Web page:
Let’s Look Back – Part 29

It won't "always" happen, but my own experience shows it's often my larger baits that wind up catching my biggest bass.  You won't see an abundance of bass this size caught in the waters of the Pacific Northwest where this one came from. Photo Stan Fagerstrom.

It won’t “always” happen, but my own experience shows it’s often my larger baits that wind up catching my biggest bass. You won’t see an abundance of bass this size caught in the waters of the Pacific Northwest where this one came from. Photo Stan Fagerstrom.

Those blasted bass are forever endeavoring to get me to increase my already considerable inventory of various forms of profanity.

Why do I make that comment? Because just when I think I’ve got things halfway figured out those big-mouthed buggers often proceed to knock my latest theories way to hell and gone out of the piscatorial ballpark.

I’ve had opportunity to fish for bass in a whole lot of different places for more years than many less fortunate plug pitchers even get to keep on breathing. Be that as it may, I often catch myself thinking I don’t have as many for-sure answers as I think I should.

That’s not to say I’ve not reached certain conclusions or watched certain facts emerge. One of those facts involves the use of the product I’ve written about in my recent Let’s Look Back columns.

If you’ve read any of those recent columns, you know that the products I’ve been writing about are those made from the rind of a pig. I caught my first bass on pork rind. I’ve been catching them on pork rind lures or as attachments to lures ever since. I ain’t fixin’ to stop.

Lately I’ve been writing primarily about pork chunks of one kind or another. This time around I’d like to share a few thoughts and experiences involving pork rind strips.

As I’ve mentioned before I lived smack on the shore of one of Washington State’s best largemouth lakes for several decades. There are some super benefits for a bassin’ man to have his bass boat in a boathouse just about 60 feet from his front door.

One of those benefits is having a chance to experiment with are variety of lures. I expect over a large part of the past century I’ve done about as much of that as anybody. One of those experiments wound up catching some of the largest bass I ever took from the lake I lived on for so long.

And for those who’ve read my writing efforts in the field of bass fishing it won’t come as a surprise to learn that the successful experiment I have in mind involved pork rind.

If you’ve been around for awhile you’ll recognize the name of a lure called the Bomber Waterdog. The PRADCO folks were the latest to have carried these fine old baits in their lure lineup. I don’t recall exactly when it was dropped.

If you don’t know what the lure looked like it’s easy enough to find out on the Internet. Use Google as your search engine and simply enter “Information on the Bomber Waterdog.” You’ll find a raft of information including lure sizes and colors as well as some that are for sale.

This old Bomber Waterdog has caught some of my largest bass from Pacific Northwest waters.   You don't see the tiny spinner blade that originally was attached to the hind end of this lure when I first bought it.  I'll explain why in my column next month. Photo Stan Fagerstrom.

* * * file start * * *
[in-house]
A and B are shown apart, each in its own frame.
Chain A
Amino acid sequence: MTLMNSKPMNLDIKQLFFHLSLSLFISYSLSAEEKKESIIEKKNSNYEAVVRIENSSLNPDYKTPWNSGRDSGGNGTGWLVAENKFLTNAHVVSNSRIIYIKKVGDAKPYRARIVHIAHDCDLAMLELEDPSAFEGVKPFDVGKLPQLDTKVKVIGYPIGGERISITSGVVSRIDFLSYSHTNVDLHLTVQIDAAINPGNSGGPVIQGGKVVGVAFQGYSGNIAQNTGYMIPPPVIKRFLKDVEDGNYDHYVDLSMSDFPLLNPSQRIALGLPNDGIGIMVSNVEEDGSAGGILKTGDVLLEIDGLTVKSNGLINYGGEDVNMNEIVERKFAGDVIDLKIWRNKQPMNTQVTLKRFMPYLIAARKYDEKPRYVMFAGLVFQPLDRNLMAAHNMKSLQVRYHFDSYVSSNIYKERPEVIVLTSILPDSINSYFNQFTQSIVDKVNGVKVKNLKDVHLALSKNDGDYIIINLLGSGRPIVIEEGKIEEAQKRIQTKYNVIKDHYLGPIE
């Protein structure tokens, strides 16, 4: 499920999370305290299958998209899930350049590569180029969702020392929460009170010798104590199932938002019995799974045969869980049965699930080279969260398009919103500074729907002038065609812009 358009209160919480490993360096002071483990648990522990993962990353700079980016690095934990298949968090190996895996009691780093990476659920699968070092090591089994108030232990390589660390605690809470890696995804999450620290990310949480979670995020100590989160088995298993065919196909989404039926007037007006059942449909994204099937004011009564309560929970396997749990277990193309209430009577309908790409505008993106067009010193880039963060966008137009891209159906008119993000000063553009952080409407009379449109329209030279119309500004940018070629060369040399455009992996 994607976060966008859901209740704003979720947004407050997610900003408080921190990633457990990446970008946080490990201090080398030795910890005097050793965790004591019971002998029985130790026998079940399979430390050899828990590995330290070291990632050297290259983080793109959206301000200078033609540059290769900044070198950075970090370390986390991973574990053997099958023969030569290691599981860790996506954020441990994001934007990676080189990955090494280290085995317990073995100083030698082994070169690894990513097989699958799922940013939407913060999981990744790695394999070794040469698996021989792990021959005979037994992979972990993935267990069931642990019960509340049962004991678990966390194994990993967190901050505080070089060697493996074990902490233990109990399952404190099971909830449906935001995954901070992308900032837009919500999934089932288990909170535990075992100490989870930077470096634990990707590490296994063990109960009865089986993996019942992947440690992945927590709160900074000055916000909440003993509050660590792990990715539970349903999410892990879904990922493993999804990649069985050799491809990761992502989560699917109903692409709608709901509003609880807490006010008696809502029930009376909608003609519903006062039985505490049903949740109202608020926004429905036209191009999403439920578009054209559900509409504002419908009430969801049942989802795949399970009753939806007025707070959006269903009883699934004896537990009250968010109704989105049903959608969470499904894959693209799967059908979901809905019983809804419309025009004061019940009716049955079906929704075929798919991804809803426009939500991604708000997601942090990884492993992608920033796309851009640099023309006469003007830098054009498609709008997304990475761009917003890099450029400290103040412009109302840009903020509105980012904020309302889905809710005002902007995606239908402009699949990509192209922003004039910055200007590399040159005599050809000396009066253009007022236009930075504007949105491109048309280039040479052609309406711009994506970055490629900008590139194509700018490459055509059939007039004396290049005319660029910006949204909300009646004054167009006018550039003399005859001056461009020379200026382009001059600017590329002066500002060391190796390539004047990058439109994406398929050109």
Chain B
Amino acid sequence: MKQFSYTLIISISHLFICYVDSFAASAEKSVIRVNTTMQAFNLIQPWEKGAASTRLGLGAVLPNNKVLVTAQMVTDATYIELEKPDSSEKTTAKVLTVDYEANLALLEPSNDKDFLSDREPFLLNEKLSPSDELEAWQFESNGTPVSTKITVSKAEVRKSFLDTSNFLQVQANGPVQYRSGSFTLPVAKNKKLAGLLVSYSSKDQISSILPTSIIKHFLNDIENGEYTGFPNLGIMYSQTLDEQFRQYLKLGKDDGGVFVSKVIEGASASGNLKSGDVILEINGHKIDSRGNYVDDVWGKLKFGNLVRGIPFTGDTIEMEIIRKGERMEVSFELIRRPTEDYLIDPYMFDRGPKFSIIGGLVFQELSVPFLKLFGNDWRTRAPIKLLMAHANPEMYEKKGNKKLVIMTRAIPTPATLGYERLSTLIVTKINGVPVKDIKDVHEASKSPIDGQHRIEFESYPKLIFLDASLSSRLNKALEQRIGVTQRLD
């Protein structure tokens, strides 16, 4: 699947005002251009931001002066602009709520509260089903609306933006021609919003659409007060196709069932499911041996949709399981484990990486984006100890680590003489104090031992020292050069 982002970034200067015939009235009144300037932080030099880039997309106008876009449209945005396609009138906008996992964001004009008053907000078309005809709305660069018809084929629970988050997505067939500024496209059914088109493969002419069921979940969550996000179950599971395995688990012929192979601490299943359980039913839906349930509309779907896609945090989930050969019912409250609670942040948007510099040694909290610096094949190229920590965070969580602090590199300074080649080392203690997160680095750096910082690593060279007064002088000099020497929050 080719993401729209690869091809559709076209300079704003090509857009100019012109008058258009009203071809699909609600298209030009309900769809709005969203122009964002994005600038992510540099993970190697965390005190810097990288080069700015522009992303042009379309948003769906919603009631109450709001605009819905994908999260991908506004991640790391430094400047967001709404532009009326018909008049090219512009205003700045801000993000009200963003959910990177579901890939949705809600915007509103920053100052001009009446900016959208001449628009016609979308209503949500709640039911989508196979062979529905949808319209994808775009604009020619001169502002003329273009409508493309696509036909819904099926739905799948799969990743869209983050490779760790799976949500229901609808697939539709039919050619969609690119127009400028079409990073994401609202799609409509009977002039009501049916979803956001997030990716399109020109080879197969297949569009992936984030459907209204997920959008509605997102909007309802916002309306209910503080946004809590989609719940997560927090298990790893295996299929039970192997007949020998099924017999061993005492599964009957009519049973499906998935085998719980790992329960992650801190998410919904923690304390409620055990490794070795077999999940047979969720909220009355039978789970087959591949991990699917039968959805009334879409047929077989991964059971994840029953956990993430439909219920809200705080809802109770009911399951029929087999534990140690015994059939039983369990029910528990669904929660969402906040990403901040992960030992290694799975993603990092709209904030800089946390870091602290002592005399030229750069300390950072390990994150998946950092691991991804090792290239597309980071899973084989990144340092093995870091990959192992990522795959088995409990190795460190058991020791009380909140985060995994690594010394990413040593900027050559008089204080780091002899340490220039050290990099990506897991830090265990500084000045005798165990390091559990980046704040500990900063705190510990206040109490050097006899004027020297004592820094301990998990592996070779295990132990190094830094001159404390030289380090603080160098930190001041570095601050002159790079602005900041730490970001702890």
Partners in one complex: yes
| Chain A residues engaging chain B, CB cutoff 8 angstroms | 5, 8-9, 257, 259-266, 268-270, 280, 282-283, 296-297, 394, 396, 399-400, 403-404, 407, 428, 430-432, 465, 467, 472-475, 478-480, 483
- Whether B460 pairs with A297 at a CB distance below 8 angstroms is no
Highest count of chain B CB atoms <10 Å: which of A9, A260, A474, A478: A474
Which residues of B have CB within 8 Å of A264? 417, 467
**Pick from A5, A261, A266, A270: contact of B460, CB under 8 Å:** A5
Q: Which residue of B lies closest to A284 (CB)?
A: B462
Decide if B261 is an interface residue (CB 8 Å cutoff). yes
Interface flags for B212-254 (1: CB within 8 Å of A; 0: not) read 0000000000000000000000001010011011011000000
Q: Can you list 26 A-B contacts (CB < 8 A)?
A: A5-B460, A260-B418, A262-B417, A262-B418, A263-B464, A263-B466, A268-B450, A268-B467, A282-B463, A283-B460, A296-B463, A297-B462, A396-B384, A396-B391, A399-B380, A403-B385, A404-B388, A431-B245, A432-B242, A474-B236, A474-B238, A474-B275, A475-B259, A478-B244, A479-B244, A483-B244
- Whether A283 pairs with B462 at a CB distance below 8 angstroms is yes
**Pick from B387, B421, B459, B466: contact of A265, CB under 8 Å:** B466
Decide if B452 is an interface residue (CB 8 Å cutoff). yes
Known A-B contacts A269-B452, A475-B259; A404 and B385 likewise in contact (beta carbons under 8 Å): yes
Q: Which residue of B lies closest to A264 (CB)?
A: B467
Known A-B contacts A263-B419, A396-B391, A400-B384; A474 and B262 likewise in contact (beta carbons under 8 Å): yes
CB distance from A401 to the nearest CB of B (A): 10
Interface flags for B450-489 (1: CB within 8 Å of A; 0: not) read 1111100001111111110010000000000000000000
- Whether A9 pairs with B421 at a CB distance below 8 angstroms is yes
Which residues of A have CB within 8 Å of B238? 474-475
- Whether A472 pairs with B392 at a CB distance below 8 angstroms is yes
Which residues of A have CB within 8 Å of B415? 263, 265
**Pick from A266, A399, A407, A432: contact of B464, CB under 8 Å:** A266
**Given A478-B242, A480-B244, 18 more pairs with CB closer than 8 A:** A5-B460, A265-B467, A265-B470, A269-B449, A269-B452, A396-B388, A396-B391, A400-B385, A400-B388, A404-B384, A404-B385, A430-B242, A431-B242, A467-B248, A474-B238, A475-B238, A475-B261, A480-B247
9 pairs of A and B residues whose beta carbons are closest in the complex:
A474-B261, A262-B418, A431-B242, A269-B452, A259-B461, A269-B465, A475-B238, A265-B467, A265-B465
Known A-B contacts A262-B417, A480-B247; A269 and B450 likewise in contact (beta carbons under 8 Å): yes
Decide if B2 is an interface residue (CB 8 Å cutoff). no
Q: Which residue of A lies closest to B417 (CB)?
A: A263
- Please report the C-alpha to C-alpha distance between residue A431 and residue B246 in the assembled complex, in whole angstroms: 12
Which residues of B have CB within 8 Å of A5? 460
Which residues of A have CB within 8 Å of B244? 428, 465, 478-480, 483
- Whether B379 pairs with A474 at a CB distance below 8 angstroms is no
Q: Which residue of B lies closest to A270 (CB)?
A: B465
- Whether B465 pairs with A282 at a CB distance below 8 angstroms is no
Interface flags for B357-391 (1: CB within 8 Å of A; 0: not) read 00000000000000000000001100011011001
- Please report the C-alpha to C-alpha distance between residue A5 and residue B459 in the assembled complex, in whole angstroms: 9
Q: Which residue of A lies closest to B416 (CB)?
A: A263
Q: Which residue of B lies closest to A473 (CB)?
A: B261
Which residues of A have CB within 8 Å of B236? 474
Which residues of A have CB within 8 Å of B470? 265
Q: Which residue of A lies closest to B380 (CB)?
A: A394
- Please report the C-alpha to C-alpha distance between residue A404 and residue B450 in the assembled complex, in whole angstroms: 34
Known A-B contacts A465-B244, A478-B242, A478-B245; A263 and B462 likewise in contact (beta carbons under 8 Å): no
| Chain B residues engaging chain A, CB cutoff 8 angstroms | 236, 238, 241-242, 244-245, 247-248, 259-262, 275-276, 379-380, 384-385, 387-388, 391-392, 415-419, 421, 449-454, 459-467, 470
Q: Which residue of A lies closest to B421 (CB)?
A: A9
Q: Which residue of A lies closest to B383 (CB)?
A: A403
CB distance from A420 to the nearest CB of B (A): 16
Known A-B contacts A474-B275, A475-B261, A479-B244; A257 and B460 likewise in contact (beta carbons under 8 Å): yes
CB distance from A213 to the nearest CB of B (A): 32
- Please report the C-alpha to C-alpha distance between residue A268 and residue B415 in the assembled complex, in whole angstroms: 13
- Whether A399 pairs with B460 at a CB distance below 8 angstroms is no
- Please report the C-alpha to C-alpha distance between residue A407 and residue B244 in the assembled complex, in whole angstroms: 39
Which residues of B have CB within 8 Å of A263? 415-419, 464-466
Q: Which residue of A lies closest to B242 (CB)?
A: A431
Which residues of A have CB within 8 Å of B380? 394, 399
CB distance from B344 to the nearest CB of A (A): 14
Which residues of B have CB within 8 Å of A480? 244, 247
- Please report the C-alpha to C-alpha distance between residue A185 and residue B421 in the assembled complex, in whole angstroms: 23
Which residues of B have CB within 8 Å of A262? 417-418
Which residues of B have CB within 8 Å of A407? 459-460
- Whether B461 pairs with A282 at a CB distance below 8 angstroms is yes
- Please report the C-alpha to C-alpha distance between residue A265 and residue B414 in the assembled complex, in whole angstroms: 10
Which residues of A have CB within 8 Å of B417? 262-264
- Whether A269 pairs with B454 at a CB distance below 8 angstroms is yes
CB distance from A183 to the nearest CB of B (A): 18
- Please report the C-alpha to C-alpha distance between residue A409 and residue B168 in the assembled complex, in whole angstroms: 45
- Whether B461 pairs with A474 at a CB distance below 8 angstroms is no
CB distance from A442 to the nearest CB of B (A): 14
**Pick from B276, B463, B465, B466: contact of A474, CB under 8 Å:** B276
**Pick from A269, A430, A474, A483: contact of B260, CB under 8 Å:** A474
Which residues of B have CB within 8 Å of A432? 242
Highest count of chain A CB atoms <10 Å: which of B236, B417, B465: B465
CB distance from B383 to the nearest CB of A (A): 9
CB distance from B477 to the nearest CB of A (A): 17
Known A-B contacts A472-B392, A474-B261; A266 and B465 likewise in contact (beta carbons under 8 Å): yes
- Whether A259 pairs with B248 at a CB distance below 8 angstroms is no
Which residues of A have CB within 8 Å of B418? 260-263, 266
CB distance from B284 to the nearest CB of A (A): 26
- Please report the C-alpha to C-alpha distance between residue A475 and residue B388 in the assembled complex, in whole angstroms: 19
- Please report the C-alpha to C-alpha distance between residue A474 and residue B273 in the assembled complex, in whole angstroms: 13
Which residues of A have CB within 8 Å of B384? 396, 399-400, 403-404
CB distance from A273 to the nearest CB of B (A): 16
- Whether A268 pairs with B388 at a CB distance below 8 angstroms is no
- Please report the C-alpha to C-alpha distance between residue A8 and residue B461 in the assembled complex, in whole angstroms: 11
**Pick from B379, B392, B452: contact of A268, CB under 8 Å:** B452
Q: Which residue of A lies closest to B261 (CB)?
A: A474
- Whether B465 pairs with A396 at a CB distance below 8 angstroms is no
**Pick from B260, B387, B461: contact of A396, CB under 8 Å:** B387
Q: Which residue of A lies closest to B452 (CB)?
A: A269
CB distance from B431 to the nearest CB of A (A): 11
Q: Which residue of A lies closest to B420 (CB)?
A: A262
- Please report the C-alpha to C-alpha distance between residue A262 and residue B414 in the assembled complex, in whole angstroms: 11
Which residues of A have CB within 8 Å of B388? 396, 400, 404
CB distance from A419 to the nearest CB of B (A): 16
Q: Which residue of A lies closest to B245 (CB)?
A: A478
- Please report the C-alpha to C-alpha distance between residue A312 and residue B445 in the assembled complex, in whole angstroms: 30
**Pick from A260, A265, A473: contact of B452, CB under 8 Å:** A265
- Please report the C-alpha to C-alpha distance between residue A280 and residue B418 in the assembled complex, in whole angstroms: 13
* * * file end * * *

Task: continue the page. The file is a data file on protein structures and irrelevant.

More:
This old Bomber Waterdog has caught some of my largest bass from Pacific Northwest waters. You don’t see the tiny spinner blade that originally was attached to the hind end of this lure when I first bought it. I’ll explain why in my column next month. Photo Stan Fagerstrom.

Have a chance to eyeball a Bomber Waterdog up close and careful and you’ll find these older diving crankbaits had a small dime sized spinner attached to their hind end. The little spinner flickered and fluttered as the lure was retrieved.

I can say I uncovered one of what I consider one of bass fishing’s truths. It’s that your largest lures are often most likely to hook your biggest fish. You’ll note I didn’t say “always.” As I’ve said ten thousand times already in my seminars or my writing on the subject, a largemouth bass doesn’t “always” do anything. You can get by thinking “usually” or “often but “always” – no way!

The old Bomber Waterdog was made in different sizes. Some of them topped 4-inches. I caught fish on several different sizes in this lure and it was one of the larger ones that captured most of my interest.

It was those comments about large lures often getting some of my largest fish that brought the idea I’d been kicking about to reality. That idea was also responsible for me catching a couple of the fish that helped me win a largest bass of the year contest for five years in succession.

The contest was conducted at that time by the Oregon Bass and Panfish Club. I’m proud to say I’m an honorary member of this fine and outstanding club that’s still headquartered in Portland, Oregon.

So exactly what did I do with that old Bomber Waterdog and that pork rind I mentioned? Stay tuned. I’ll share the details in next month’s column. Whether you want to try the same thing is entirely up to you.

But I think you’re missing a bet if you don’t take a look at what I’ll be sharing. Those big mothers out there with ready access to deep water have probably seen more lures than you and I have.

I’m convinced showing some of those bass in my home lake what they hadn’t seen before was why they wound up in my boat.

Again – read my next month’s column and decide for yourself.

-To Be Continued-